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in regards to the wood washed up on the beach. is it right to assume that one can take it as long as they declare this so to give the owner the opportunity of collecting it?

asked in law



DragonsDen answers:

Any wreck material found within UK territorial waters (to 12 mile limit), or outside the UK and brought within UK territorial waters must by law be reported to the Receiver of Wreck (under s. 236 of the Merchant Shipping Act 1995)
Link: http://www.mcga.gov.uk/c4mca/mcga07-home/emergencyresponse/mcga-receiverofwreck/...

All wreck material recovered must be reported, however small or seemingly insignificant. It is up to the Receiver to decide whether it is important.

The wreck and salvage forms are available directly from the Receiver of Wreck, from your local Coastguard station, or you can download the form. Once the form has been completed, signed and witnessed you will need to return it to the Receiver of Wreck office. The Receiver of Wreck will then investigate ownership of the wreck items.

The owner has one year in which to come forward and prove title to the property. During this time, the finder is normally allowed to hold the wreck on indemnity to the Maritime & Coastguard Agency. If the owner decides that they would like their property returned, they will first have to settle salvage with the legal finder of the material.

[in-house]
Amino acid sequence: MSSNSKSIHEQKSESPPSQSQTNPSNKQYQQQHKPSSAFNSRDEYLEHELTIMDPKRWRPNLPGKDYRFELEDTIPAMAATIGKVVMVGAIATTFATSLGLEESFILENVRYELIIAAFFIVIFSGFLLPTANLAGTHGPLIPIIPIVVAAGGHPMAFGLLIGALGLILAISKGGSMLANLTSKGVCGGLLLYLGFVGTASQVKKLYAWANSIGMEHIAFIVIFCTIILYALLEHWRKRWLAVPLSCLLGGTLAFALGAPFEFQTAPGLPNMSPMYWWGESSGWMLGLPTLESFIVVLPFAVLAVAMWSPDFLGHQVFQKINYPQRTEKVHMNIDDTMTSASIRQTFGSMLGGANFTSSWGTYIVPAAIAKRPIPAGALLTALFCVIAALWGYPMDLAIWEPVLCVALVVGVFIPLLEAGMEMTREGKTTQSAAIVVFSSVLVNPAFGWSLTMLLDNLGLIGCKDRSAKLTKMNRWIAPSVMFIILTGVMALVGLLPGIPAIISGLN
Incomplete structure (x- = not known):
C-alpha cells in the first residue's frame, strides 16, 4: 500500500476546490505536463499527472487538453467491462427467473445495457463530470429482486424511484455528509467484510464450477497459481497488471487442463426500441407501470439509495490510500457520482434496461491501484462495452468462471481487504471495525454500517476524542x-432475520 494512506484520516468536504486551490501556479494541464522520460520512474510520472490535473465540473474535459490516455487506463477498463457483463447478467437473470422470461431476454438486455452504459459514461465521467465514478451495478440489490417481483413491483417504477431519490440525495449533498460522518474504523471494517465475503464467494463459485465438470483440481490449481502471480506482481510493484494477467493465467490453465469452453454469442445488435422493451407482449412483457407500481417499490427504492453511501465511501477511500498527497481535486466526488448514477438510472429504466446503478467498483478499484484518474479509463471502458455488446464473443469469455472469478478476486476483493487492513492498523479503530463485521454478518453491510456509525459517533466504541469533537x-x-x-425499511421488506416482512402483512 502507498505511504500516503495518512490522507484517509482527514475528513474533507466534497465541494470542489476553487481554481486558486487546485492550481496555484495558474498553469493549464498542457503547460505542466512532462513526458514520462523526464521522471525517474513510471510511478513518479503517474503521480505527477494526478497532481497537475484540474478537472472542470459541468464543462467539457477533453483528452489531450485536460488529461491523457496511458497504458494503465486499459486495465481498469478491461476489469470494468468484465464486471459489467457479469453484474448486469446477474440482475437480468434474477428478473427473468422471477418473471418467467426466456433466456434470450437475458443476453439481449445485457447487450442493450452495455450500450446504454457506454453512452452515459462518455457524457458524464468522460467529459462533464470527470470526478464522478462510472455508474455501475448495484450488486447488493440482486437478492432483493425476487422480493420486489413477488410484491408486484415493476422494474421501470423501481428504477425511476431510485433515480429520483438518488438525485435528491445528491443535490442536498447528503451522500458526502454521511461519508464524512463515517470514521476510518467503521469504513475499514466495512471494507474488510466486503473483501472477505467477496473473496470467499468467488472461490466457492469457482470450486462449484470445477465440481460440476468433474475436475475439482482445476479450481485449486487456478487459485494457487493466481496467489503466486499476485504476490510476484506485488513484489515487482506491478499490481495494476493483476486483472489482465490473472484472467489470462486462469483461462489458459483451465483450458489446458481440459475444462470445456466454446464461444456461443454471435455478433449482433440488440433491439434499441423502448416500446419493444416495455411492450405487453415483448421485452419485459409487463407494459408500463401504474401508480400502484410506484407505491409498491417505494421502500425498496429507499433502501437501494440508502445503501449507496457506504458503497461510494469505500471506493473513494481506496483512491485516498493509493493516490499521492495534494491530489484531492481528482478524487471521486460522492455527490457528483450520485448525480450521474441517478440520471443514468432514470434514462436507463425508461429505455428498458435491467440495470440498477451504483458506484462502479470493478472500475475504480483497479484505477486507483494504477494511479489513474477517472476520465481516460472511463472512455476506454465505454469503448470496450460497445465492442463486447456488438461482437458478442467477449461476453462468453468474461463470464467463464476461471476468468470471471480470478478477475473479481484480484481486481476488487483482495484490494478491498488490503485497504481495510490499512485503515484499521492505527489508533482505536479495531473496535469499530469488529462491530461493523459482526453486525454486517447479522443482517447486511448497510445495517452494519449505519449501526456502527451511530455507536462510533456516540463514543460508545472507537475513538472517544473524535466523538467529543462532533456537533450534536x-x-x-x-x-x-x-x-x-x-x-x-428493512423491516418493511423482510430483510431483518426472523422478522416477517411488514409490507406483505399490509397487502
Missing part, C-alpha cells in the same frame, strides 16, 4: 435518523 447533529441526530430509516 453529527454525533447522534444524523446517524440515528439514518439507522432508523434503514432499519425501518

If wreck material recovered from UK waters is unclaimed at the end of the statutory one year period, it generally becomes the property of the Crown, and the Receiver is required to dispose of it. This may be through sale or auction, although in many cases the finder will be allowed to keep items of unclaimed wreck in lieu of a salvage award.

Link: http://www.mcga.gov.uk/c4mca/mcga07-home/emergencyresponse/mcga-receiverofwreck/...


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cryptminder answers:

No you cannot collect it under any circumstances and the police have been warning everyone of this. The wood still remains the property of its rightfull owner even though it is now on a beach.
I presume the local council will ultimately issue a bill to the owner for storage and cleanup costs


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